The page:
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    xcmp

    0.0.0-prealpha • Public • Published

    XCMP: eXtremely accurate object Comparison!

    Ever tried to compare two JS variables for equality? Something like this:

    var apples = ['apple', 'avocado'];
    var oranges = 'lemon';
    if (apples === oranges)
      console.log("Hadn't I told you?");
    else
      console.log("Not the same?! But they are both blue!")

    See? It's just as simple as using a === between the variables we want to compare!

    But wait.

    What about this one?

    var applesHere = ['apple', 'apple'];
    var applesThere = ['apple', 'apple'];
     
    if (applesHere === applesThere)
      spareHumankind();
    else
      annuhilatePlanetEarth();

    In the rather sad example above, applesHere and applesThere are referentially distinct (i.e., they refer to different memory addresses), but structurally equivalent, that is, they have the exact same shape and content; they would have been equal if they were compared the right way.

    The moral of the snippet above, of course, is that using === indiscriminately can have really tragic consequences. :(

    Had we used the structural-comparison-superpowers of xcmp, though, our little blue mudball of a planet might have survived unannihilated:

    npm install xcmp
    var xcmp = require('xcmp');
     
    var applesHere = ['apple', 'apple'];
    var applesThere = ['apple', 'apple'];
     
    if (xcmp.xcmpEqual(applesHere, applesThere))
      spareHumankind();
    else
      annihilatePlanetEarth();

    It's not even that! xcmp can handle even more complex cases like this:

    var xcmp = require('xcmp');
     
    var a = []; a.push(a);
     
    var b = []; b.push(b);
     
    console.log(xcmp.xcmpEqual(a,b)); // True!

    ... or this:

    var xcmp = require('xcmp');
     
    var a = []; a.push([a]);
     
    var b = []; b.push([[b]]);
     
    console.log(xcmp.xcmpEqual(a,b)); // True!

    ... or even this: (on which even node's very own assert.deepEqual fails!)

    var xcmp = require('xcmp');
     
    var a = []; a.push(a);
     
    var b = []; b.push([b]);
     
    console.log(xcmp.xcmpEqual(a,b)); // True! 

    ... And don't worry, a typo in the call to the annihilation function, above, resulted in a run-time error before the annihilation was launched.

    But please be very careful next time! :)

    Advanced Usage

    Even though it is perfectly fine to call xcmpEqual as xcmpEqual(someObj, someOtherObj), xcmp has quite more to provide -- it can receive extra parameters that can, to a reasonable extent, modify the way xcmp works.

    The full signature of xcmp.xcmpEqual is as follows: (N.B. none of the parameters below are mandatory)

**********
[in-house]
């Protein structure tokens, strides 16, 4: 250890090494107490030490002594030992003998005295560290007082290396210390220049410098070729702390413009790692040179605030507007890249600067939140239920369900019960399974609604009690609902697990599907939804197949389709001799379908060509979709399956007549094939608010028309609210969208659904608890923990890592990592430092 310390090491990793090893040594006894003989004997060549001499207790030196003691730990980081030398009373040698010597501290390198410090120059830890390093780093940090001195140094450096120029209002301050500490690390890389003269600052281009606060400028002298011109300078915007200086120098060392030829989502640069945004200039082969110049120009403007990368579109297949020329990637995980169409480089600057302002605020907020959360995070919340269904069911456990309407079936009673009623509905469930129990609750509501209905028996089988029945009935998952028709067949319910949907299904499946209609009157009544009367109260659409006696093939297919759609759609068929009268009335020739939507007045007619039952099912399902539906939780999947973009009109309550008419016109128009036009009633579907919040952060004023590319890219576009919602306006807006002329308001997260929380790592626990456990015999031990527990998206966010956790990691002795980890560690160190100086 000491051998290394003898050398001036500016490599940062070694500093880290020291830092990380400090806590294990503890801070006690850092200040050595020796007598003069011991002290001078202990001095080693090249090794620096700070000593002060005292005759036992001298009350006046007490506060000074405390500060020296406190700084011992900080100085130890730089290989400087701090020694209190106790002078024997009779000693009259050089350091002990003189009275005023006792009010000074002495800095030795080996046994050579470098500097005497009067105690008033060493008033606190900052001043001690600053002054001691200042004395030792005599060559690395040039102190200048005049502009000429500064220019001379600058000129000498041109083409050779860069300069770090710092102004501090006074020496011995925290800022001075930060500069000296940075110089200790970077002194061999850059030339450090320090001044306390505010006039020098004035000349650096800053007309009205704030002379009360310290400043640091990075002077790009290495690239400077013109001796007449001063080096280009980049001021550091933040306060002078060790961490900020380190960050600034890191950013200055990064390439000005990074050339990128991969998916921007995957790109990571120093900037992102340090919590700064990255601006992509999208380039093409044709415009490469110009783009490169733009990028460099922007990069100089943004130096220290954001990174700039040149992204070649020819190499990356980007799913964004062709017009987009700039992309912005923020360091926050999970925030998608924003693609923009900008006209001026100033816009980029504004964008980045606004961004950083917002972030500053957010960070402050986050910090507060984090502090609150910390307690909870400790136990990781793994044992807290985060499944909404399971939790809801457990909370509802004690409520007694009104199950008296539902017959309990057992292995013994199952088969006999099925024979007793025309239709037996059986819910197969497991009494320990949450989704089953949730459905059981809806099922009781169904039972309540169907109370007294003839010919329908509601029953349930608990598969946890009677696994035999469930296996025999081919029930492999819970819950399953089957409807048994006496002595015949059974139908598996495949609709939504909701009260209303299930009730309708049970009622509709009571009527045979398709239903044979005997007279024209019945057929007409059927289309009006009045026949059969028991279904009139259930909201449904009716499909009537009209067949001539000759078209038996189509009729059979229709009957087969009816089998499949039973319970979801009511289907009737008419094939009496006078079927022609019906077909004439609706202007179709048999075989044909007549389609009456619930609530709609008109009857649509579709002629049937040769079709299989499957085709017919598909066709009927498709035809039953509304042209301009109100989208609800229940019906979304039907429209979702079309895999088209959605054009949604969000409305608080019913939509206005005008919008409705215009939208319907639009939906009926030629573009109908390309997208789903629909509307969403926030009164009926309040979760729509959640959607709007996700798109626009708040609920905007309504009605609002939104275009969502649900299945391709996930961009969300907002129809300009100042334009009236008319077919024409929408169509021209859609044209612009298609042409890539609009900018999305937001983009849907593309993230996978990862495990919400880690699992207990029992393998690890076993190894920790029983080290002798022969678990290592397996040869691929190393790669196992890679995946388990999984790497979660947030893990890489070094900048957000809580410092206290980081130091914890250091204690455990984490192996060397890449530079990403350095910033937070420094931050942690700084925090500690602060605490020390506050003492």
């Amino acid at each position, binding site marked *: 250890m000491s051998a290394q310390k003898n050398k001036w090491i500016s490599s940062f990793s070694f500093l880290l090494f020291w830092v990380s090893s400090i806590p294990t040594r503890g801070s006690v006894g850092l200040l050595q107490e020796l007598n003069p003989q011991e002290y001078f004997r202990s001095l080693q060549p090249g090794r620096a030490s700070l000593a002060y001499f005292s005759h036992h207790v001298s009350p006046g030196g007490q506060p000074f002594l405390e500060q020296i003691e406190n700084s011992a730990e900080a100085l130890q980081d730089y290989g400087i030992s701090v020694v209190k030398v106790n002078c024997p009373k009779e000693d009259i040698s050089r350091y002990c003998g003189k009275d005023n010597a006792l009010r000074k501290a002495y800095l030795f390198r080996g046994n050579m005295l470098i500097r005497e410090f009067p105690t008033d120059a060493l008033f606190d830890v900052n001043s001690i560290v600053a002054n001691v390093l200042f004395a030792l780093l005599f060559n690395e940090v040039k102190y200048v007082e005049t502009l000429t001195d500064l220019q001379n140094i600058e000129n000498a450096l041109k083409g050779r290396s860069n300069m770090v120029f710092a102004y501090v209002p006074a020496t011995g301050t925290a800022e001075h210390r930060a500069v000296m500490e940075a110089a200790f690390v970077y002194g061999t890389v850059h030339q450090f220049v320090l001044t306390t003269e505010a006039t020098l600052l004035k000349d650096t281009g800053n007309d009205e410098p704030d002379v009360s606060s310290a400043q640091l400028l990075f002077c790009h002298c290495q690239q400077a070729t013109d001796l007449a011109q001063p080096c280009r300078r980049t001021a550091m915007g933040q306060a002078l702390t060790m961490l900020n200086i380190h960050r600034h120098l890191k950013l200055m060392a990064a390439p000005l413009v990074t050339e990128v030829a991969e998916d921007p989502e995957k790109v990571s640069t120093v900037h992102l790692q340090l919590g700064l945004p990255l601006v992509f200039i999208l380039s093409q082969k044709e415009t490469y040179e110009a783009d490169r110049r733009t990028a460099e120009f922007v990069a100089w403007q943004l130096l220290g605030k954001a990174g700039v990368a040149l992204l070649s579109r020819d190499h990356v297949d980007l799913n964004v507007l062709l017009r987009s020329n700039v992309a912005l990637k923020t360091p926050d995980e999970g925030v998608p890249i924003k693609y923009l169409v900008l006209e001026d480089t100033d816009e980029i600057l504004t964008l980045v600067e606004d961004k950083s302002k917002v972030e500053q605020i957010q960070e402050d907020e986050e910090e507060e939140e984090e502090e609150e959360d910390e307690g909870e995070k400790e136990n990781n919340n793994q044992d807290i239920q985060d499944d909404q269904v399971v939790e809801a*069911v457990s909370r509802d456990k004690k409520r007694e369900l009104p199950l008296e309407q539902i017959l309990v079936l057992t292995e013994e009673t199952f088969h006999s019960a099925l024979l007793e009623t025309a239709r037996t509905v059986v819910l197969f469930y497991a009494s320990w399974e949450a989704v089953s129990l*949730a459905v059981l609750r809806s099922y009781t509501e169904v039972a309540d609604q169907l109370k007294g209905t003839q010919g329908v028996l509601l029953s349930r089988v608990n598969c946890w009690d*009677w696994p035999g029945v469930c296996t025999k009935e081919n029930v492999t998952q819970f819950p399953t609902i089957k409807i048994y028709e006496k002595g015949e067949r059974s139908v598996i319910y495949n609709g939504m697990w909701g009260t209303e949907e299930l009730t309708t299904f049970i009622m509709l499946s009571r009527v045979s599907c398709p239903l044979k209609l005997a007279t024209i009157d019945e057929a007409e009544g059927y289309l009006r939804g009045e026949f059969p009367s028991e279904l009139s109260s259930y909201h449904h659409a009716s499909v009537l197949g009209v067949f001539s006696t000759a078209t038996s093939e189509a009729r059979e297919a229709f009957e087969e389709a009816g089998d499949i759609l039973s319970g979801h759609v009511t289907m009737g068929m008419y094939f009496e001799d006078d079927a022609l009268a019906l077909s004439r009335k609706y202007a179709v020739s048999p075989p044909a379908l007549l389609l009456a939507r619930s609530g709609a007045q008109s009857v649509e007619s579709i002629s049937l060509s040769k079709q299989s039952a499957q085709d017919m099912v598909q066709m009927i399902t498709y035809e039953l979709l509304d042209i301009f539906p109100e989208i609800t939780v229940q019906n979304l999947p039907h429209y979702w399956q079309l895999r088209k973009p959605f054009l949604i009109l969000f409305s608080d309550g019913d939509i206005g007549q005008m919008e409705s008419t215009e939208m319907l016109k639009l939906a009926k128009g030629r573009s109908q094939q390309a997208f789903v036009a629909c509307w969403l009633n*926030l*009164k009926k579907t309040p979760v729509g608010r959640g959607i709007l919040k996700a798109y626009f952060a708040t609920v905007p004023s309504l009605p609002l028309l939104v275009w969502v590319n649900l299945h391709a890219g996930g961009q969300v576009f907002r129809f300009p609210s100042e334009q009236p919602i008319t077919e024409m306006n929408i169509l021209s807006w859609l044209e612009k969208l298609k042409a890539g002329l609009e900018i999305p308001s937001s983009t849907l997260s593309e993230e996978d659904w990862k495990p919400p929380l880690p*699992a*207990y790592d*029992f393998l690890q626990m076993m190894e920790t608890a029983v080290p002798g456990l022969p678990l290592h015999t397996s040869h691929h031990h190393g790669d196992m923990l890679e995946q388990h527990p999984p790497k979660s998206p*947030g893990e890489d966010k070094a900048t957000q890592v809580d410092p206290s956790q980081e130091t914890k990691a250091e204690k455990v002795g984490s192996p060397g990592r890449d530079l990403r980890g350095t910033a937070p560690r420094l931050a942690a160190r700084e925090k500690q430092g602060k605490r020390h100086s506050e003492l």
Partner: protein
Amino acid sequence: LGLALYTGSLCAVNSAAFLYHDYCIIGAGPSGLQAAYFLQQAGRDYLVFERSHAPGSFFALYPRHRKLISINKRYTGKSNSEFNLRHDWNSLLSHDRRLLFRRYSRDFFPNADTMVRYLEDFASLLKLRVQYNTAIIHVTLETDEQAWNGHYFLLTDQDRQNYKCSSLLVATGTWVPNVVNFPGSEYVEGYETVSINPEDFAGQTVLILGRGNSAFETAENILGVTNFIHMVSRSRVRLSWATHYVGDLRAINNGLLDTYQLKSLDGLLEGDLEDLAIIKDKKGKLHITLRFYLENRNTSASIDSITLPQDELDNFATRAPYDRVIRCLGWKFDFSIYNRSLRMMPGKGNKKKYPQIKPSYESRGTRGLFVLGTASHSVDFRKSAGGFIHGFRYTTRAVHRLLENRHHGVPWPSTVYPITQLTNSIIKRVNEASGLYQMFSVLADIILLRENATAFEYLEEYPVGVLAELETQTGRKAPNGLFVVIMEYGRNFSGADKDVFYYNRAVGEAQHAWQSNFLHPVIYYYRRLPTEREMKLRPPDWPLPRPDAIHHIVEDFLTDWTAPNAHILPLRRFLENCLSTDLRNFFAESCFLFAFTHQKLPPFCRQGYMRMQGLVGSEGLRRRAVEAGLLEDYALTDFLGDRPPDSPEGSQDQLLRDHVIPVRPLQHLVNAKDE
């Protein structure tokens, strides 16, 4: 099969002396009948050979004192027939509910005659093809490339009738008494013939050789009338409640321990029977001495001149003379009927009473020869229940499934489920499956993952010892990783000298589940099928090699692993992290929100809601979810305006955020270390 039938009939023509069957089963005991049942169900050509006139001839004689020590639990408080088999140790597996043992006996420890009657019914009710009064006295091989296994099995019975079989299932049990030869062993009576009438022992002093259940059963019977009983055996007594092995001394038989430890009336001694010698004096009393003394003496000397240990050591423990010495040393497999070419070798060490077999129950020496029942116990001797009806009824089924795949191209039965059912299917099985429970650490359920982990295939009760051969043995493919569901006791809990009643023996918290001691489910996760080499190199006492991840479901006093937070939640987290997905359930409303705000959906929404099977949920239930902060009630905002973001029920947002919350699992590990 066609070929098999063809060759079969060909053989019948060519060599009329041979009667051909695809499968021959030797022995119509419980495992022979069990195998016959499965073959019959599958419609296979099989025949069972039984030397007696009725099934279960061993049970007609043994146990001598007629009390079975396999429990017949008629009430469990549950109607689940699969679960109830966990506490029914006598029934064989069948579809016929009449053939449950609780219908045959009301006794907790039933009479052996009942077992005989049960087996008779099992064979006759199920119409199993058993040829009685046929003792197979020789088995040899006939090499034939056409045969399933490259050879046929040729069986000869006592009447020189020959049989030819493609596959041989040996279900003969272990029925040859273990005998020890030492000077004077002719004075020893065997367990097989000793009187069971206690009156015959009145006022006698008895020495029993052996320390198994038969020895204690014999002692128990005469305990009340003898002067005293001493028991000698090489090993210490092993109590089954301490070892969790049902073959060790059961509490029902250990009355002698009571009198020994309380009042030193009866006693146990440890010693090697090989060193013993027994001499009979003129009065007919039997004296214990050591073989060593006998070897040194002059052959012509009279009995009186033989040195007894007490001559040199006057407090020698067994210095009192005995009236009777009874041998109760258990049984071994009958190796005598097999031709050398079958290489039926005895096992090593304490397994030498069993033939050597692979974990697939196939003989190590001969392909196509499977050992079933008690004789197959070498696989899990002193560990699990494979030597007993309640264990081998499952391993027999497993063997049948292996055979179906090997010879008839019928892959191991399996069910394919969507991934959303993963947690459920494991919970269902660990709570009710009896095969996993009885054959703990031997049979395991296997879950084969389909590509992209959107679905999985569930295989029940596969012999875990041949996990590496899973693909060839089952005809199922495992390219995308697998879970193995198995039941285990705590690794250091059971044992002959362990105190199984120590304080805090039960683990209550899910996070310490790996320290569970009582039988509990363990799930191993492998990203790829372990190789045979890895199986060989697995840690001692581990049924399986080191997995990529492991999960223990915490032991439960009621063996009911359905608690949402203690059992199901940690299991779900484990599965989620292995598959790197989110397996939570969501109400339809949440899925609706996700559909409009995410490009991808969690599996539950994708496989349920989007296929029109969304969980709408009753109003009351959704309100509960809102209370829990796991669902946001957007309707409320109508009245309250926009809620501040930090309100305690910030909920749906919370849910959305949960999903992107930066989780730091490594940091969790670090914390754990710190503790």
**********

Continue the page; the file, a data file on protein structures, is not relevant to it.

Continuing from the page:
function xcmpEqual(
      left: any,
      right: any, 
      extras: {
        notEq:
          function(reason: String, leftV: any, rightV: any, uncommonKey: string): void,
          // this is called whenever a difference between  has been found.
          // reason can hold the following values:
          //   'notEqValues': left is not structurally equavalent to right because
          //                leftV and rightV do not have equal types or they are not
          //                structurally comparable (i.e., one is an object while the
          //                other isn't, or both are value-types but have inequal
          //                values
          //   'notEqStruct': left is not structurally equivalent to right because
          //               even though they are structurally comparable, leftV and
          //               rightV have either inequivalent recursive substructures
          //               or they have at least one uncommon key; in the case of
          //               recursive inequality, `uncommonKey` has value `undefined`
          
        objEq:
          function(a: Object, b: Object): bool,
          // test whether a and b are equal; the default function provided would
          // just check whether `a === b`
     
        sort:
          function(arr: Array<any>): Array<any>,
          // when comparing a pair of objects, sorts their keys before comparing them
          // the default function is a simple acending quick-sort
     
        enterKey:
          function(keyName: string|int) void,
          // if `keyTrack` option is true, `enterKey` can be used to track
          // child objects listed under a container object.
          // it can be used to pin the exact path of inequality in `left` and `right`.
     
        exitKey:
          function() void
          // if `keyTrack` option is true, `exitKey` exits the latest entered key
     
        failFast:
          bool,
          // if this switch is false, object comparison would traverse *every*
          // in the `left` and `right` values before actually returning false.
          // otherwise it would report the objects as inequal on encountering the first
          // uncommon key
          // default: true
     
     
        keyTrack:
          bool,
          // track the key names; e.g., given `{'a': {'b': 40 }}` and `{'a': {'b': 55}}`, if `keyTrack` is true,
          // `enterKey` and `exitKey` are called like this:
          // <start traversing {'a': {'b': 40 } }
          // enterKey('a');
          // <start traversing {'b': 40}
          // enterKey('b')
          // exitKey()
          // exitKey()
          //
          // default: false
      }
    )

    Install

    npm i xcmp

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    Version

    0.0.0-prealpha

    License

    MIT

    Unpacked Size

    11.8 kB

    Total Files

    4

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